I should also note that my encounter with Mr. Hideyuki Aizawa, the president of the association in the summer of 2014, crucially impacted me. After his dreadful time of imprisonment in the Soviet Union, he spent the rest of his life making a positive impact for the people of Japan during the post war period as a Congressman, and as Director General of the Economic Planning Agency. After retirement, he became an active lawyer, and he continued his service as a board member and director of multiple philanthropic activities. He never stopped his demanding schedule as the president of the Japan Association of Forced Internees. His passion to keep visiting Russia every September to negotiate with the Russian government in order to solve remaining issues regarding the formerly interned was extraordinary. He continuously paid respects to the deceased in Siberia throughout the rest of his life. After the Soviet Union, an enormous government, disbanded into several smaller governments, the original remaining records regarding the formerly interned Japanese became scattered. He said his negotiations and efforts to get original sources became much more challenging since then. Regardless, his passion was always there. It is to my great regret that he passed away at the age of almost hundred years old in 1999.
Having been able to meet him as a living witness, I was given an opportunity to learn about his beliefs, his ability to take action, and the importance of never losing hope no matter what happens. In “Volga Far Away,” his book I featured on this website, his time during the internment is described. In addition, “Song of Siberia”, in the tab under “music” on this website, is what I composed based on my inspiration right after I met him. My thoughtful musician friends kindly came forward and completed the recording for me. It has been used as music during floral tributes for the deceased in Siberia during the annual Memorial Service held by the Japan Association of Forced Internees.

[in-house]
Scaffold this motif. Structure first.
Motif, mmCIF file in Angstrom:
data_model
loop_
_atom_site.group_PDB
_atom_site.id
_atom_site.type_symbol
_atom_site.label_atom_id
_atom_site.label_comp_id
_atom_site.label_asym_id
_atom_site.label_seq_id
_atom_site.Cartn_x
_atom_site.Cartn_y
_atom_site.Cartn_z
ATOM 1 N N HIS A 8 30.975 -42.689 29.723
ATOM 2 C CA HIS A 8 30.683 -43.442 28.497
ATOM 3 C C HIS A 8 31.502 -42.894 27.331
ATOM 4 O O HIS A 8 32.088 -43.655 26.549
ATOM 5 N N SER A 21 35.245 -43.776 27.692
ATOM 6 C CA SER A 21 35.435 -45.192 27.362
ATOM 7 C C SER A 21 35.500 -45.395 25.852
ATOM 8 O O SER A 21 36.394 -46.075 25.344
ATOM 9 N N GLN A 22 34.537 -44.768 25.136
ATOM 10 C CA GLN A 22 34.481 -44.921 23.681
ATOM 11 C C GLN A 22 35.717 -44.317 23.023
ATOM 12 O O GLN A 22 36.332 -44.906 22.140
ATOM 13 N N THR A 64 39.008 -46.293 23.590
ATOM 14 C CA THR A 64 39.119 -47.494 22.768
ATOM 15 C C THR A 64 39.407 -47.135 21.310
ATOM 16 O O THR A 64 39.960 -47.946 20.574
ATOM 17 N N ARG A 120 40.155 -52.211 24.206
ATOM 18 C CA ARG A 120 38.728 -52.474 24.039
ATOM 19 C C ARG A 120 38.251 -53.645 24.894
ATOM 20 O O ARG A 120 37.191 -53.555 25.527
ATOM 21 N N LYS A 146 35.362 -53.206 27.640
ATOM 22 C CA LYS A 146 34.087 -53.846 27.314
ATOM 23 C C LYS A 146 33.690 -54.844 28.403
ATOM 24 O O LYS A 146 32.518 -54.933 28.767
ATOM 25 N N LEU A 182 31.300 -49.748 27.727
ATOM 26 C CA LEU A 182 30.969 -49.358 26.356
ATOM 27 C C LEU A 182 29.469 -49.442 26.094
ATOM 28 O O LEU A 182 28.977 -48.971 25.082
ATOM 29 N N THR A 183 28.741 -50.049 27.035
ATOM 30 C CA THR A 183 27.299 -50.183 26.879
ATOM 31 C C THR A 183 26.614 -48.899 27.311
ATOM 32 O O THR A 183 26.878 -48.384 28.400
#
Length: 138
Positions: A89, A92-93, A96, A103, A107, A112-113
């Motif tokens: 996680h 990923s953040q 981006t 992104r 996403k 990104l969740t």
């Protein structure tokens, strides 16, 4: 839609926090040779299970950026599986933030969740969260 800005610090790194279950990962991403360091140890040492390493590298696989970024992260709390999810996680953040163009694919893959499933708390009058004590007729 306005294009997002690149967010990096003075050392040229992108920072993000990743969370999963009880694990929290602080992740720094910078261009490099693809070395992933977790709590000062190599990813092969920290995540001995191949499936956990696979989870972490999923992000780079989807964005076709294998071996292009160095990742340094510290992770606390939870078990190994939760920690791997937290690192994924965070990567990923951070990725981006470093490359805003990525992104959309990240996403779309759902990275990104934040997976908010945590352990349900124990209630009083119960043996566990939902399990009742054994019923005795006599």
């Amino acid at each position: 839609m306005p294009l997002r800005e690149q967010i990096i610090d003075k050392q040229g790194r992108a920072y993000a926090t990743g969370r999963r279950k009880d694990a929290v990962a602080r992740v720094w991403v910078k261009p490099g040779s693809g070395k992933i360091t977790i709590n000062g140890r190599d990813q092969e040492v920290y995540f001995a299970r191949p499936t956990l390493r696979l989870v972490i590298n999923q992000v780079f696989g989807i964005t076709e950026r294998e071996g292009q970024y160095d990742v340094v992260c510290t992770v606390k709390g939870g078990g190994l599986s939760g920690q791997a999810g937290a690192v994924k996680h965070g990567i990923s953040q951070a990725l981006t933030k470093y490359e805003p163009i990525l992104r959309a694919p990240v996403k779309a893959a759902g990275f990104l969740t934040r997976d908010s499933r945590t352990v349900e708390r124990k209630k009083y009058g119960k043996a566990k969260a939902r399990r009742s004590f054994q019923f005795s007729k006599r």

Lastly, it is my hope that the result of the efforts made for the construction of this website will increase people’s understanding of the history of the Siberian Internment of the Japanese. I also would like to mention that my work is dedicated to Takeo Kuba (Oshima), my late uncle, who was interned in Siberia, and also to Shun Oshima, my late father, who encouraged me to study English since my youth to “become the bridge of the Pacific Ocean.” My deepest appreciation goes to Jonathan, my husband, for his encouragement, understanding, and warm support for this long period of time.
September 15, 2020
Haruko Oshima Sakakibara
Lecturer in the Japanese Program
Department of East Asian Languages and Cultures
University of California, Davis
• The following grants made this work possible.
Incorporated Foundation: Japan Association of Forced Internees
Salad Cosmo USA, Mr. Masahiro Nakada, president
• Credit also goes to the individuals listed below.
Without the shared passion for this cause and the dedication of each person towards their contribution and their understanding of my busy schedule, this website would not have been possible. Their input made this concept grow and guided the process of the entire work.
At University of California, Davis
Web Design Construction
- Anthony Drown: web design guidance
- David Fahy: web design guidance
- Christopher Graham: web design, English editing, and map design
- Yu Hasegawa: web design and Japanese word processing
- Yohei Kato: web design, Japanese word processing, and map design
- Kevin Roddy: web design and English editing
- Aaron Sikes: web design guidance
- Geoff Stratton: web design guidance
- Dylan Beaudette; map research
- Thomas Deckert: initial web design and scanning
- Preston Hartfield: scanning of drawings
- Ji Young Kum: music score editing
- Mayuko Okano: Japanese word processing
- Rina Onishi: Japanese word processing
- Anna Reznik : Russian translation
- Tymofiy Zelenskyy: Russian translation and maps
Friends and Family
- Rugen Houston: technical assistance for making iDVD
- Hideo Morita: video shooting for Mr. Aizawa
- Jonathan Sakakibara: video shooting, English editing
- Lindsey Yumi Sakakibara: English editing
- Yurie Sadoma: Russian translation
- Igor Veligan: Russian translation